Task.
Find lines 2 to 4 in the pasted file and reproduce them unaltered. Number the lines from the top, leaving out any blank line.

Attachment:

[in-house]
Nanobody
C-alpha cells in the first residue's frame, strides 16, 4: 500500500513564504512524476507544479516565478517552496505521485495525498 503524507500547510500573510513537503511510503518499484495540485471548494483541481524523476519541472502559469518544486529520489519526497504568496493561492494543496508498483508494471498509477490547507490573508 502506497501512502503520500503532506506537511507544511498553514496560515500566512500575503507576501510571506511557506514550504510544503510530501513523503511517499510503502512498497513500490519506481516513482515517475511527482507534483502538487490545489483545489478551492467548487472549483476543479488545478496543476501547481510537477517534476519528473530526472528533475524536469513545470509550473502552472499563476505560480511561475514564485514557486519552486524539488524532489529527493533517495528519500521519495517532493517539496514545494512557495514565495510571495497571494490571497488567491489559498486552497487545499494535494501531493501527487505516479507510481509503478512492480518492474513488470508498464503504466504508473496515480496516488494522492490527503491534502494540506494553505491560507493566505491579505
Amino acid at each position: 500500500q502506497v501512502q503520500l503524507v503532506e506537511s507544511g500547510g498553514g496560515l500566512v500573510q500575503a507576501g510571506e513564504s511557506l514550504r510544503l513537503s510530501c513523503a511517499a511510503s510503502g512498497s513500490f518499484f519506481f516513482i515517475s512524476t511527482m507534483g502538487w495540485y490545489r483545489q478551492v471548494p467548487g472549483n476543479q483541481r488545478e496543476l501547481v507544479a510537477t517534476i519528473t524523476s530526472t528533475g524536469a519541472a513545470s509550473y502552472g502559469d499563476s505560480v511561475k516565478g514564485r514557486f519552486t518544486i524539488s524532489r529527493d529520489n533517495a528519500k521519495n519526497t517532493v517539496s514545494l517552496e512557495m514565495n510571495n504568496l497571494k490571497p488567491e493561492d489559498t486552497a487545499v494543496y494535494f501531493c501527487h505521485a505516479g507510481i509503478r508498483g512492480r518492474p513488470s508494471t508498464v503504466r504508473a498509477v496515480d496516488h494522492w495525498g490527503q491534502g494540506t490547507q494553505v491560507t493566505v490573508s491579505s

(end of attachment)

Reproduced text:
Nanobody
C-alpha cells in the first residue's frame, strides 16, 4: 500500500513564504512524476507544479516565478517552496505521485495525498 503524507500547510500573510513537503511510503518499484495540485471548494483541481524523476519541472502559469518544486529520489519526497504568496493561492494543496508498483508494471498509477490547507490573508 502506497501512502503520500503532506506537511507544511498553514496560515500566512500575503507576501510571506511557506514550504510544503510530501513523503511517499510503502512498497513500490519506481516513482515517475511527482507534483502538487490545489483545489478551492467548487472549483476543479488545478496543476501547481510537477517534476519528473530526472528533475524536469513545470509550473502552472499563476505560480511561475514564485514557486519552486524539488524532489529527493533517495528519500521519495517532493517539496514545494512557495514565495510571495497571494490571497488567491489559498486552497487545499494535494501531493501527487505516479507510481509503478512492480518492474513488470508498464503504466504508473496515480496516488494522492490527503491534502494540506494553505491560507493566505491579505
Amino acid at each position: 500500500q502506497v501512502q503520500l503524507v503532506e506537511s507544511g500547510g498553514g496560515l500566512v500573510q500575503a507576501g510571506e513564504s511557506l514550504r510544503l513537503s510530501c513523503a511517499a511510503s510503502g512498497s513500490f518499484f519506481f516513482i515517475s512524476t511527482m507534483g502538487w495540485y490545489r483545489q478551492v471548494p467548487g472549483n476543479q483541481r488545478e496543476l501547481v507544479a510537477t517534476i519528473t524523476s530526472t528533475g524536469a519541472a513545470s509550473y502552472g502559469d499563476s505560480v511561475k516565478g514564485r514557486f519552486t518544486i524539488s524532489r529527493d529520489n533517495a528519500k521519495n519526497t517532493v517539496s514545494l517552496e512557495m514565495n510571495n504568496l497571494k490571497p488567491e493561492d489559498t486552497a487545499v494543496y494535494f501531493c501527487h505521485a505516479g507510481i509503478r508498483g512492480r518492474p513488470s508494471t508498464v503504466r504508473a498509477v496515480d496516488h494522492w495525498g490527503q491534502g494540506t490547507q494553505v491560507t493566505v490573508s491579505s